All of our attention must be focused on securing peace in Ukraine


The late US Secretary of State Madeleine Albright said the purpose of foreign policy was to persuade others to do what we want, or better yet, to want what we want.

A lot of things are easier said than done, as Sabina Higgins discovered this week after publishing a letter on the Internet.

Excitement over its contents – and the location from which it was shipped – caused an unusual storm in the normally tranquil environs of Áras an Uachtaráin.

Taoiseach Micheál Martin has insisted that the government was not embarrassed by the contretemps.

“Everything has to be kept under control,” he said. And he is right, because in international affairs at the moment one must not distract from the top global priority, which is Russia’s war in Ukraine.

Finding a means to end the murderous campaign is a diplomatic minefield.

As John F. Kennedy put it: “Domestic politics can only defeat us; Foreign policy can kill us.”

Vladimir Putin is not benefiting from his cowardly invasion, which has led to untold slaughter of civilians.

The people of Ukraine are the innocent parties whose borders have been violated.

The indiscriminate and unjustifiable large-scale destruction of cities and towns is rightly classified as a war crime. Aside from the rising death toll, there are associated implications for global food and energy markets.

Former German Chancellor Gerhard Schröder, who is known to be a friend of Putin’s, has put on record that the Moscow-Kyiv deal to unblock Ukrainian grain exports could provide a route to a possible ceasefire.

“The good news is that the Kremlin wants a negotiated solution,” said Schröder.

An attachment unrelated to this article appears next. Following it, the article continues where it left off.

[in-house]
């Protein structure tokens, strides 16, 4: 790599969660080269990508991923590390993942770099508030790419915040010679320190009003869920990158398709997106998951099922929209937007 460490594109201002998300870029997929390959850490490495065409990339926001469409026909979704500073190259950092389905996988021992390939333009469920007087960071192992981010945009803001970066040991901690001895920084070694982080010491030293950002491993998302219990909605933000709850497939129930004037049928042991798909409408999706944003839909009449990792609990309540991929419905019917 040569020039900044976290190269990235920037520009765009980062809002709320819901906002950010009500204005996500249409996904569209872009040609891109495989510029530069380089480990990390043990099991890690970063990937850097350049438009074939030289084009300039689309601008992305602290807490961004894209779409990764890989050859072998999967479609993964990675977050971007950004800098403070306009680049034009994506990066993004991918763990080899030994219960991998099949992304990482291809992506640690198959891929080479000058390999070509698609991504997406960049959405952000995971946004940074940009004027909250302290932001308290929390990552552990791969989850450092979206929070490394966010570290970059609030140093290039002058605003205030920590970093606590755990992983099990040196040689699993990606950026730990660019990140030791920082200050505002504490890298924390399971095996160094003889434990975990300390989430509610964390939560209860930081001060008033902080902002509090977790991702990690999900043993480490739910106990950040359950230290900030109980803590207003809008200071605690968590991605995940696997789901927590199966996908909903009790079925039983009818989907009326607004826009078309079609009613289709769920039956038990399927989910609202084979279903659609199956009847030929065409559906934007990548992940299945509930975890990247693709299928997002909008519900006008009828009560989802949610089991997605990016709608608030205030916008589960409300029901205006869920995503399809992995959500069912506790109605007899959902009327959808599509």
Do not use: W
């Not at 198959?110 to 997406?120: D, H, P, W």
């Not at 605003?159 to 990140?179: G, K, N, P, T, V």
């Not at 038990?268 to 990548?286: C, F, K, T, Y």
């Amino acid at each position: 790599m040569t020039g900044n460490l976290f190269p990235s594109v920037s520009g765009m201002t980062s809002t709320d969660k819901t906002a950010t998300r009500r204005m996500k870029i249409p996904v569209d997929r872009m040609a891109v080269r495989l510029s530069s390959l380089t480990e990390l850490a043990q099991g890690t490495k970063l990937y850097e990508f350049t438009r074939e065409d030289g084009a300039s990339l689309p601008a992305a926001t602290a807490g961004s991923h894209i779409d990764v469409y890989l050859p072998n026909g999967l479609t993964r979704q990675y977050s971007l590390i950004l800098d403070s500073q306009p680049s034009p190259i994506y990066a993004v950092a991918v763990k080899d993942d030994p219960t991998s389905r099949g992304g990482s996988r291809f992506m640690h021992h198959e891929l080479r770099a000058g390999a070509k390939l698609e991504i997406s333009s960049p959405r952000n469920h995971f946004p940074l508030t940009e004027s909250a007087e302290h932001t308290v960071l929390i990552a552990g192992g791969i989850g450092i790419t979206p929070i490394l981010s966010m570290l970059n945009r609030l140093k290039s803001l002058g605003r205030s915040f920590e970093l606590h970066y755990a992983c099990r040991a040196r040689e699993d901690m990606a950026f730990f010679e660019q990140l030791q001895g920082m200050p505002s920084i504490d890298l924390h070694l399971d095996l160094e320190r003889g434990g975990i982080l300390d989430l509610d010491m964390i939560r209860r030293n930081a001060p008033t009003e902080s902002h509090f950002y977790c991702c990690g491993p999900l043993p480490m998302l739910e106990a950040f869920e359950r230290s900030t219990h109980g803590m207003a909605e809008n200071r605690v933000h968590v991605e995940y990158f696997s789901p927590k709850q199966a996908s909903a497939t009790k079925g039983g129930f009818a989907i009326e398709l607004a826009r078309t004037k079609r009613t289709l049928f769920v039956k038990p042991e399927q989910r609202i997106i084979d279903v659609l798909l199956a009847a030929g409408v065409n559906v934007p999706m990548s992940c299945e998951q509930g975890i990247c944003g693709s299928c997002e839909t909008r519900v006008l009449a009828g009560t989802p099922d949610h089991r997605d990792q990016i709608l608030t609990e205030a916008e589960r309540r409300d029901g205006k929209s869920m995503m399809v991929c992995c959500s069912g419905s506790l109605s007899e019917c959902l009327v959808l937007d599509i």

But “good news” is never more random than in a war zone. There must be a way forward, but not just any way. The Kremlin has violated the international order by showing no regard for life.

The idea that Moscow could dictate terms after it has taken what it wants by force can only fan the flames of further conflict.

As American economist David Friedman put it, “The direct use of force is such a poor solution to any problem that it is generally used only by small children and large nations.”

So we cannot afford to forget that people are being slaughtered every day.

Commenting on the situation in Donbass, Ukrainian President Volodymyr Zelenskyy said: “It’s just hell there. Words cannot describe it.”

Despite supplies of arms from the West, his forces have not yet been able to overcome Russian advantages in heavy arms and manpower.

Mr Schröder has suggested that “a solution must be found based on the Swiss cantonal model,” adding that it remains to be seen whether Putin would return to a pre-war “line of contact” in a ceasefire.

The fact is, however, that Moscow must do so if there is to be even a remote chance of ending the fighting. All of our attention must be focused on securing peace in Ukraine

Fry Electronics Team

Fry is an automatic aggregator of the all world’s media. In each content, the hyperlink to the primary source is specified. All trademarks belong to their rightful owners, all materials to their authors. If you are the owner of the content and do not want us to publish your materials, please contact us by email – The content will be deleted within 24 hours.

Related Articles

Back to top button